The natterjack toad
The aptly named natterjack toad is the UK’s loudest amphibian, but also one of our rarest. Now mainly found in sand dunes and saltmarshes around the coasts of north-west England and the Solway Firth in Scotland, they breed in shallow, usually temporary pools of water. Elsewhere, they cling on at just a handful of sand dunes in East Anglia and on heathlands in Surrey and Hampshire. Smaller than the common toad, they also carry a yellow strip down the centre of their back, but their real standout feature is their voice.
The call of the male natterjack has been described as 'phenomenal', and 'tropical', and on a warm spring night, as the males inflate their vocal pouches and the chorus strikes up from the pools amongst the dunes on the Wirral coast, you can certainly hear why!
Find a natterjack
Pop in for a natter on the Wirral, at one of the few remaining refuges for the natterjack toad, Red Rocks Marsh in Cheshire between West Kirby and Hoylake. Brand new breeding pools have been created on the seaward side of Royal Liverpool Golf Club and are already attracting a spring symphony of male natterjacks. You don't need to go up close - enjoy the concert from the beach! Cheshire Wildlife Trust runs guided walks and surveys.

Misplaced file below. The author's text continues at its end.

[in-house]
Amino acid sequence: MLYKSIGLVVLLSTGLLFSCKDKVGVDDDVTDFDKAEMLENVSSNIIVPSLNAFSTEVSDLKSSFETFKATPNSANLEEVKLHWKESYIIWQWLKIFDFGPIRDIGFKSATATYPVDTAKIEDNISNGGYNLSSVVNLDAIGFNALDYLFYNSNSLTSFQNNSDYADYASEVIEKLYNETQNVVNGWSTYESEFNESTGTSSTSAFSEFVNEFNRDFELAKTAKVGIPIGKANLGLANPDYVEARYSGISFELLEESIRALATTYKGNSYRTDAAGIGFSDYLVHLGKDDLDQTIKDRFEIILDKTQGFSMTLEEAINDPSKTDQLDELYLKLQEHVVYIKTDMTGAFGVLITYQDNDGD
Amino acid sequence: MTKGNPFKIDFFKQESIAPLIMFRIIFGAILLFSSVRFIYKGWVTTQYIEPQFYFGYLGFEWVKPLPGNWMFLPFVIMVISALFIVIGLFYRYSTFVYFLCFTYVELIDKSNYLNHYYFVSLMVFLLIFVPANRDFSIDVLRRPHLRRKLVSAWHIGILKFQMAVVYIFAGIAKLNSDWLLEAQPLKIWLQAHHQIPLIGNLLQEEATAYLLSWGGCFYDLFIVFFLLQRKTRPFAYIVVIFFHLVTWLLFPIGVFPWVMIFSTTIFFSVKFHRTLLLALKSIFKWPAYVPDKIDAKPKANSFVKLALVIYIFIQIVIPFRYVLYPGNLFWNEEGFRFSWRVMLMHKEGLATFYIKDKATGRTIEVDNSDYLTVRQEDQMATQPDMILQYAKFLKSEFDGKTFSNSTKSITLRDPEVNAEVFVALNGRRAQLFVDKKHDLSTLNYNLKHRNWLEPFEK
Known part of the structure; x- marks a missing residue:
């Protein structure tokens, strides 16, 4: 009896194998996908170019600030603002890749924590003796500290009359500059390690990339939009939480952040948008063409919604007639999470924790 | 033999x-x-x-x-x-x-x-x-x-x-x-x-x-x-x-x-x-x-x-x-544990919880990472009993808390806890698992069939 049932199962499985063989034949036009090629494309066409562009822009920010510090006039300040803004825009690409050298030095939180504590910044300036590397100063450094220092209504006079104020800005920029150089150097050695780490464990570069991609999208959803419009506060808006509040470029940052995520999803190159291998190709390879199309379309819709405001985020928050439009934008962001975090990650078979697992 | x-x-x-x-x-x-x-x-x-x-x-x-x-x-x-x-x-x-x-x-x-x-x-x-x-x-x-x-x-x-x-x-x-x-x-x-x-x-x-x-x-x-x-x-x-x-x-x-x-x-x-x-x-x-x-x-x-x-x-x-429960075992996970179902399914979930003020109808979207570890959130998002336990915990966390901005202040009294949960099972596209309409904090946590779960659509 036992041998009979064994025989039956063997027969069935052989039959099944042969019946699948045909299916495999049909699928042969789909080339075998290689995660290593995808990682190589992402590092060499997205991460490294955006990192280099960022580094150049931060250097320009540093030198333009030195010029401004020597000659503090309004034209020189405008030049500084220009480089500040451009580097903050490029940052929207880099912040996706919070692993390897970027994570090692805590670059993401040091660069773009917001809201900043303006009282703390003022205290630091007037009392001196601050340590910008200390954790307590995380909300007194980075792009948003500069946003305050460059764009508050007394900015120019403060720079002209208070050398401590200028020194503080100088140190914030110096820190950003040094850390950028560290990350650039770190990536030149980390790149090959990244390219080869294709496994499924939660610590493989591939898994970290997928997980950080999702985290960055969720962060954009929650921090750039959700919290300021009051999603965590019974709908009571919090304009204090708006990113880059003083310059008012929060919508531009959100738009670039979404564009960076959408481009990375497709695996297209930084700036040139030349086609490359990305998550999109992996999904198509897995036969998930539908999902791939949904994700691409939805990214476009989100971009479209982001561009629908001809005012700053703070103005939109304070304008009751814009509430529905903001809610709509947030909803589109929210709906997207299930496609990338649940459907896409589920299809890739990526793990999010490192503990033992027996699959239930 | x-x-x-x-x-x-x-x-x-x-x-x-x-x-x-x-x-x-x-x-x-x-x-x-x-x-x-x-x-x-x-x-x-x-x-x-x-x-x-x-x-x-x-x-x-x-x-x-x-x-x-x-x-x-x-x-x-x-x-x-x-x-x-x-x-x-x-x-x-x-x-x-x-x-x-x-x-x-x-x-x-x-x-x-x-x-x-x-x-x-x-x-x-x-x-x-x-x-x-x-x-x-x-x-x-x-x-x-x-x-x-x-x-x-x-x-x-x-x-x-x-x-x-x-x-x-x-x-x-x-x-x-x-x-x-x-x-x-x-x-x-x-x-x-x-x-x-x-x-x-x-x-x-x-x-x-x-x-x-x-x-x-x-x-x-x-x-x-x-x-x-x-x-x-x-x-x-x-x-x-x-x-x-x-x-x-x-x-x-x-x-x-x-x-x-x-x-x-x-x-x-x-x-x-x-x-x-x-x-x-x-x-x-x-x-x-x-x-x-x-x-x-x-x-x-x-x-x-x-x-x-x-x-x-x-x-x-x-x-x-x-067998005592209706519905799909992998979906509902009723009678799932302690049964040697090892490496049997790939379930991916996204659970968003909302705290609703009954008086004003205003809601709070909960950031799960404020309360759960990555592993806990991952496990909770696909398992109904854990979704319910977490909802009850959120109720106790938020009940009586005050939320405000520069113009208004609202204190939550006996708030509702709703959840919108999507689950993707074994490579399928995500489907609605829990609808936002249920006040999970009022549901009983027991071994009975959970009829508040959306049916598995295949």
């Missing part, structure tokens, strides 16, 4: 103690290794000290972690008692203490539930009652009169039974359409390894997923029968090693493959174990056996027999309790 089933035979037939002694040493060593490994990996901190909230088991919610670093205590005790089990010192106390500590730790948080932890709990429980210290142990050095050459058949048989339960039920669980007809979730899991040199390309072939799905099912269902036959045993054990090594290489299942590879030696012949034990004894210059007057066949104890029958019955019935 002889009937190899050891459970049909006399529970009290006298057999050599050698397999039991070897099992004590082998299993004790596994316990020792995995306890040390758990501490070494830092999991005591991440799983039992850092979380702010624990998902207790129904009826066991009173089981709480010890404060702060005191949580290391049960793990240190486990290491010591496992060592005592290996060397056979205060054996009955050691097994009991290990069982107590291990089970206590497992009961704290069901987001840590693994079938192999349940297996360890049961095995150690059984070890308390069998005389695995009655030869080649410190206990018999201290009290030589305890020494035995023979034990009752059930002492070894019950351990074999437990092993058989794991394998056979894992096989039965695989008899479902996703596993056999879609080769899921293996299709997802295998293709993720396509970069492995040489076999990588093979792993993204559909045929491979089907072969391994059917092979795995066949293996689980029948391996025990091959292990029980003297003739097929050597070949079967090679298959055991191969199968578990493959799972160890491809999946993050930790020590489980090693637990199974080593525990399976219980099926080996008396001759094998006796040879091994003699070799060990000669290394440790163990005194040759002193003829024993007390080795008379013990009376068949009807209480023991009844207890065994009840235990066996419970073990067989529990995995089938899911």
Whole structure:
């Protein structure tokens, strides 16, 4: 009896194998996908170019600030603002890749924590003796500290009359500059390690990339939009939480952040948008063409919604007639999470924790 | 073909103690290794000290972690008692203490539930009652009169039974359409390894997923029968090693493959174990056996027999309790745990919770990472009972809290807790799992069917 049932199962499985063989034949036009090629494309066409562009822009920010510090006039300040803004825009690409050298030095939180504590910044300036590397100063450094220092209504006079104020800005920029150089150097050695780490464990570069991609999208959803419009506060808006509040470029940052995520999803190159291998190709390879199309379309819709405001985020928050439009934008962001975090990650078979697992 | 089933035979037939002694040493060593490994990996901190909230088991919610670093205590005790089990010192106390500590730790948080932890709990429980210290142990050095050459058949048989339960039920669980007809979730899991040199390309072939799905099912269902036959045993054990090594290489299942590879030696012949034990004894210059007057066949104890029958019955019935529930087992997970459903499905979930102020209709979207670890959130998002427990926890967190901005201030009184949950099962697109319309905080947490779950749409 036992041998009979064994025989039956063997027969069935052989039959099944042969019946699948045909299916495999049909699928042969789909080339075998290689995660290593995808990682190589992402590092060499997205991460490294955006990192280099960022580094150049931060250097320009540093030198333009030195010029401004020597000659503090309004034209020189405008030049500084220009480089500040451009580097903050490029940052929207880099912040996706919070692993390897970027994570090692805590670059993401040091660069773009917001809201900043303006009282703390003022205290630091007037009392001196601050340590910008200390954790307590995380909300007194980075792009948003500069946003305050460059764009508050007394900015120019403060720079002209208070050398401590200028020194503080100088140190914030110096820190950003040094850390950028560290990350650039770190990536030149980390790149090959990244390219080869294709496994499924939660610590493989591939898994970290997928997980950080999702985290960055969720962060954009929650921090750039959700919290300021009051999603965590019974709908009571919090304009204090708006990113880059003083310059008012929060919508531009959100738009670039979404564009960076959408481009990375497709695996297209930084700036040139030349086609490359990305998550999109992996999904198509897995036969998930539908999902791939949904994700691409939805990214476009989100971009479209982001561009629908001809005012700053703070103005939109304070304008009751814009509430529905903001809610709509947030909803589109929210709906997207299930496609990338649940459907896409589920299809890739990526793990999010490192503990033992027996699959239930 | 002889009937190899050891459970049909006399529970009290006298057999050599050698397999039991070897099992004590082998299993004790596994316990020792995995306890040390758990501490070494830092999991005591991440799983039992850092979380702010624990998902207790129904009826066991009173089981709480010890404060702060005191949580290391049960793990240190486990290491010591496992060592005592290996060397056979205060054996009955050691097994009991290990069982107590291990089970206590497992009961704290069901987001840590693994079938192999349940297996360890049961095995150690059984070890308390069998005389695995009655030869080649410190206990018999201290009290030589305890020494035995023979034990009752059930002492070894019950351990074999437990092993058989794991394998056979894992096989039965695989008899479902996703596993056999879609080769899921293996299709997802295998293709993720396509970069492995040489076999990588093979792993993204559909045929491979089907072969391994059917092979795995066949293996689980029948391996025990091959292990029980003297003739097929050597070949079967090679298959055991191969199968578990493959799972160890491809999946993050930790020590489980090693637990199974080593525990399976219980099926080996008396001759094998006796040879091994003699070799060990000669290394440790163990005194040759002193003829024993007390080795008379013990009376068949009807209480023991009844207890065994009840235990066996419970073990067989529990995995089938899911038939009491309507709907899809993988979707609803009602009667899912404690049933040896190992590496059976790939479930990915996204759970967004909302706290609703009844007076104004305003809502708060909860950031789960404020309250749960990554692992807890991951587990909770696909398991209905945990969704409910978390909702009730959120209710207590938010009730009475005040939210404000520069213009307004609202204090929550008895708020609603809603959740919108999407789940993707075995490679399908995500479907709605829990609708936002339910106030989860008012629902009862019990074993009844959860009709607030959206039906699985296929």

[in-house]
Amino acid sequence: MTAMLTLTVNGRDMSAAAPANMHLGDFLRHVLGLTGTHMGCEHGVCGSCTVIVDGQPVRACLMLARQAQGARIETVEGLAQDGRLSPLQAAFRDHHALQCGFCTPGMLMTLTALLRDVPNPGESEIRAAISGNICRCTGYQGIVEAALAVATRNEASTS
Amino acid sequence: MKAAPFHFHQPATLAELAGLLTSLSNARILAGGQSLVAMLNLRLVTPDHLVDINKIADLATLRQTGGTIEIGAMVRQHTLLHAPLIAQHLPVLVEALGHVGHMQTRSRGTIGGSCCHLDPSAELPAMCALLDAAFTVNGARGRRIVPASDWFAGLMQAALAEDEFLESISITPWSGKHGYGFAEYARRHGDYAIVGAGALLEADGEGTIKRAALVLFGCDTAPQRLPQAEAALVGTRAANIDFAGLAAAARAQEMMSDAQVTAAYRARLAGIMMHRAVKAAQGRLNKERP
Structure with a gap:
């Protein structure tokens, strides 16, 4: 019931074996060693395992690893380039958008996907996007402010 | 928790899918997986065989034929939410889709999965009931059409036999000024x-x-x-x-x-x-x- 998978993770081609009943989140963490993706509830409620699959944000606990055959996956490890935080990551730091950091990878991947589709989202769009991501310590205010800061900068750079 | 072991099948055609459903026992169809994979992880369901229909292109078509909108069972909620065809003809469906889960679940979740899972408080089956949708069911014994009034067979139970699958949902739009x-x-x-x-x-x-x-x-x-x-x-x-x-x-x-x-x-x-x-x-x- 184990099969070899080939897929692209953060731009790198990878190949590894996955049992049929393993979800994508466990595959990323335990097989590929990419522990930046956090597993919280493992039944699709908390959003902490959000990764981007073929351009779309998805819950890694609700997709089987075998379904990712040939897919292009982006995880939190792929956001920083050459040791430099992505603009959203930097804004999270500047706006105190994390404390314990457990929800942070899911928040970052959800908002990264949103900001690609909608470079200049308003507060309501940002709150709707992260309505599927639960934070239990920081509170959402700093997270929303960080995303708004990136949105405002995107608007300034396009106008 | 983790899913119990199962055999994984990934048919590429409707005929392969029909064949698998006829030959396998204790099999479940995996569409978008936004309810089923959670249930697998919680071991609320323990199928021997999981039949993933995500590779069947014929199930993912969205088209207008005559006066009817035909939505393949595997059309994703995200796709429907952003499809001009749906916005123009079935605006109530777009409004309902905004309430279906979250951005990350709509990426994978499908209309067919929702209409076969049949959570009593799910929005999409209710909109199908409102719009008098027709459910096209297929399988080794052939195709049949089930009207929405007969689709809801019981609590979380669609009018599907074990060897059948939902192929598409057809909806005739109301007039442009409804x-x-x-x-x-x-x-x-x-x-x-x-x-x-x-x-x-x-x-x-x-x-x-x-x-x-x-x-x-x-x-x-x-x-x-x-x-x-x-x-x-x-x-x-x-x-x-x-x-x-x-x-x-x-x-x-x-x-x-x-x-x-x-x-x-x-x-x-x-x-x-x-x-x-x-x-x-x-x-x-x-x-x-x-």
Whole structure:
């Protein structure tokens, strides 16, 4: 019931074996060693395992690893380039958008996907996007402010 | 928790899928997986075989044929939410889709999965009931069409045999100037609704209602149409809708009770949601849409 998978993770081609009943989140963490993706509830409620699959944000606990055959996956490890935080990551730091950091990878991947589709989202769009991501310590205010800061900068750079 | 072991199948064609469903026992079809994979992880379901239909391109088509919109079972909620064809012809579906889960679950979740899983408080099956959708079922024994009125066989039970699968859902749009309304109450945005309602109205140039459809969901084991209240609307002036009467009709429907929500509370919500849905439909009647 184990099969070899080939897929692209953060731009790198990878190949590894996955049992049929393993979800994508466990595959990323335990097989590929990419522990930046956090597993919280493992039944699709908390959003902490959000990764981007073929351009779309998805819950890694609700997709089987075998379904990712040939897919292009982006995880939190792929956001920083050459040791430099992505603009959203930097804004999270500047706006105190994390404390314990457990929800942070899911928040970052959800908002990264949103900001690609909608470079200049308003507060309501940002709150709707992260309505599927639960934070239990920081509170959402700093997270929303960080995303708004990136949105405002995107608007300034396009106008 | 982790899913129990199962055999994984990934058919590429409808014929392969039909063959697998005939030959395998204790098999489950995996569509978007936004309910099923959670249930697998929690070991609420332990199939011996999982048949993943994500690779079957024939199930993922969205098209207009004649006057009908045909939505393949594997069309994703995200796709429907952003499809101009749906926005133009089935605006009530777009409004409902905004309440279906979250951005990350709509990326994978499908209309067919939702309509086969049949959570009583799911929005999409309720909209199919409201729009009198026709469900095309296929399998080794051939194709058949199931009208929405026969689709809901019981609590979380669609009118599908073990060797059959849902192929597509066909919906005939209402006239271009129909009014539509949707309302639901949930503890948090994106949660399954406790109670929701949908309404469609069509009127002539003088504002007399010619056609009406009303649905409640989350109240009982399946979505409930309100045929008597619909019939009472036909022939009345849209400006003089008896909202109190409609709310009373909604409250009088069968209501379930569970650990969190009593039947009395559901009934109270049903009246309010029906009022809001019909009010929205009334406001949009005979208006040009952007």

How to do it
Natterjack toads are a protected species, and it is against the law to disturb them or their habitat. Stick to the footpath, stay behind the fences and watch where you tread. Rather than risk harming one, keep your distance and stay downwind half a mile or so - there's no need to worry about not hearing them because you will! Choose a warm, cloudy and damp day and arrive before darkness falls and find yourself a comfortable spot to take in the show.
If you can't get there
There is some wonderful footage of a singing natterjack toad from Latvia here:
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